Once it was decided we would get married, the sick feeling set in. Not about the fact that I was getting married but about the tamasha that was expected to precede it. There was really very little money and we did not expect our parents to foot the bills and for a while, it looked as if we would get away with it. A private ceremony, just family, and the promise of a series of celebratory meals we would have with the special people in our lives. You know. Friends, colleagues, acquaintances, your GP. We should have known better.
Worse, we were going to have to get married out of town on one of the hottest days of the year. I considered throwing a huge tantrum, telling everyone to shut their eyes and when they finally opened them, I would be back, married.
My life then got infinitely worse. I received any number of offers to go shopping for a dress. I, who loathed (and still do) shopping, with a visceral sense of repulsion and boredom. I snarled. Then I went off and bought myself some material for a dress.
My seamstress in Colaba was a little surprised when I dumped the package in front of her. Make me a dress, I said. Then, diffidently, I’m getting married, that’s why it’s white. Her eyebrows rose, wonderful lady of Pam’s Tailoring. It’s off-white, she said.
And you are going to make a wedding dress out of three metres of cloth?
Yes, I said. Short dress. I’ll be able to wear it for later.
First communion, she enquired sweetly. And what about your veil? I’m not having one. I don’t want to wear a veil. Won’t go with my usual expression. See? Her face changed.
I added and I’m not carrying flowers either. Or having flower girls. Regretfully I sensed something was changing forever. I loved that woman. The clothes she made for me always fitted perfectly. And she decided on designs. Patterns, we called them. I trudged off, bought pretty gold sandals, a plain gold clutch, a thin gold belt. I went home. I was to be married in three weeks and my stomach hurt.
A week later, I was back at Pam’s. The dress hung from a hook on a hanger. It was, I noted with surprise, pretty. Delicate work on the neck, on the edges of the sensible sleeves. Try it on, she invited. Naah, I said, it looks fine. Then she dumped a froth of net in front of me. That’s a present for never being a pain about fittings. Please wear it. It’s a short veil.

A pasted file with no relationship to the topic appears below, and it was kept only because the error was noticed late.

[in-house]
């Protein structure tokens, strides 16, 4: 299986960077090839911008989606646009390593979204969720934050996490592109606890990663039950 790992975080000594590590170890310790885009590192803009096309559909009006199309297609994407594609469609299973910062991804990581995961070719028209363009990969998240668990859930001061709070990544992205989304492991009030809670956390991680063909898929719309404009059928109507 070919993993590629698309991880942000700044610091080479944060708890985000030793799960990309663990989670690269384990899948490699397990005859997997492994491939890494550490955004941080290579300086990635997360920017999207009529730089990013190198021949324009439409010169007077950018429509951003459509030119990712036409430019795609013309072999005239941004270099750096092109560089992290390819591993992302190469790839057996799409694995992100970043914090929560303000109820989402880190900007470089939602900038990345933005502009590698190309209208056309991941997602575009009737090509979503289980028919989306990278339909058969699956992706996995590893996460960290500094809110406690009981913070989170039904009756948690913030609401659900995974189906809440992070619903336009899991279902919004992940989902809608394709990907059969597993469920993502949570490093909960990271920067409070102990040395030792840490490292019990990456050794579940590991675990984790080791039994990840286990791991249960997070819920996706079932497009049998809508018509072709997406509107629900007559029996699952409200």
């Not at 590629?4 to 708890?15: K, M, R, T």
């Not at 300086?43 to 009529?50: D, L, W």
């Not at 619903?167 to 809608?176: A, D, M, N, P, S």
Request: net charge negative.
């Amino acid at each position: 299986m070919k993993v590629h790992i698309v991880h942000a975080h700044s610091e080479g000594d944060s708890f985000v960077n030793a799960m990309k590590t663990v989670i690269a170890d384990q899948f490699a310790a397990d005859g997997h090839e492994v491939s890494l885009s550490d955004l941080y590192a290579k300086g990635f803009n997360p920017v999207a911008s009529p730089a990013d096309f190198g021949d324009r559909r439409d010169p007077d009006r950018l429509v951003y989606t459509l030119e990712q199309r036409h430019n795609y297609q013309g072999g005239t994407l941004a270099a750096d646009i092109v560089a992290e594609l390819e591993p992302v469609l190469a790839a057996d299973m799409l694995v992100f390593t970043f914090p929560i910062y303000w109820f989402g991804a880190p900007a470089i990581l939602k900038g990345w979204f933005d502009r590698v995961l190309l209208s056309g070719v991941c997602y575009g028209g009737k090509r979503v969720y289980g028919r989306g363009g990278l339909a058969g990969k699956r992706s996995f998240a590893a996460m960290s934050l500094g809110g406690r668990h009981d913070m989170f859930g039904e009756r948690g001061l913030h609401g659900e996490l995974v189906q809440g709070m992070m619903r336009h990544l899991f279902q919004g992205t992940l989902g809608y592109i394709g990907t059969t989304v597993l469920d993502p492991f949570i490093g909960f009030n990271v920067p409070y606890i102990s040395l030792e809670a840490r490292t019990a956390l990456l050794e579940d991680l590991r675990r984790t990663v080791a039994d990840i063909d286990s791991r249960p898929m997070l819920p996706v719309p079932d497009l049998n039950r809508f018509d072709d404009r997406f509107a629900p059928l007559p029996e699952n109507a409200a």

My mouth opened to protest and closed at the glare she gave me. Her bill was 85 bucks and NO, that wasn’t the price you paid for wedding dresses then. It wasn’t the turn of the bloody century.
So I got married with a reception. And then we returned to Mumbai, still Bombay, and had another rollicking blowout that lasted a day and at 10 pm we were pushing people out of the house and begging them to go home.
Some time later, we looked at my wedding pictures, taken by a friend with her point and shoot. We were a merry group with whom I shared memories of years of living together, so I could be sure of honest reactions. One of them pored over the wedding pictures with a particular intensity, noting the short dress, the slim legs, the short veil. I was quite smug about the way I looked.
Cleaned up nicely, huh? I asked her. And she said, you look like a nurse. Then, seeing the murderous expression on my face, she added hastily, a staff nurse. So I looked at the picture and realised she was sort of right. I could imagine it too. I went to Pam’s with a slice of wedding cake. You know, my daughter’s getting married and she saw your dress and now she wants one too. Short. No fuss. You may have started something. I think she was wrong. But what the hell. It’s 37 years. Still hate shopping. Never seen anything as ridiculous as Priyanka Chopra’s train.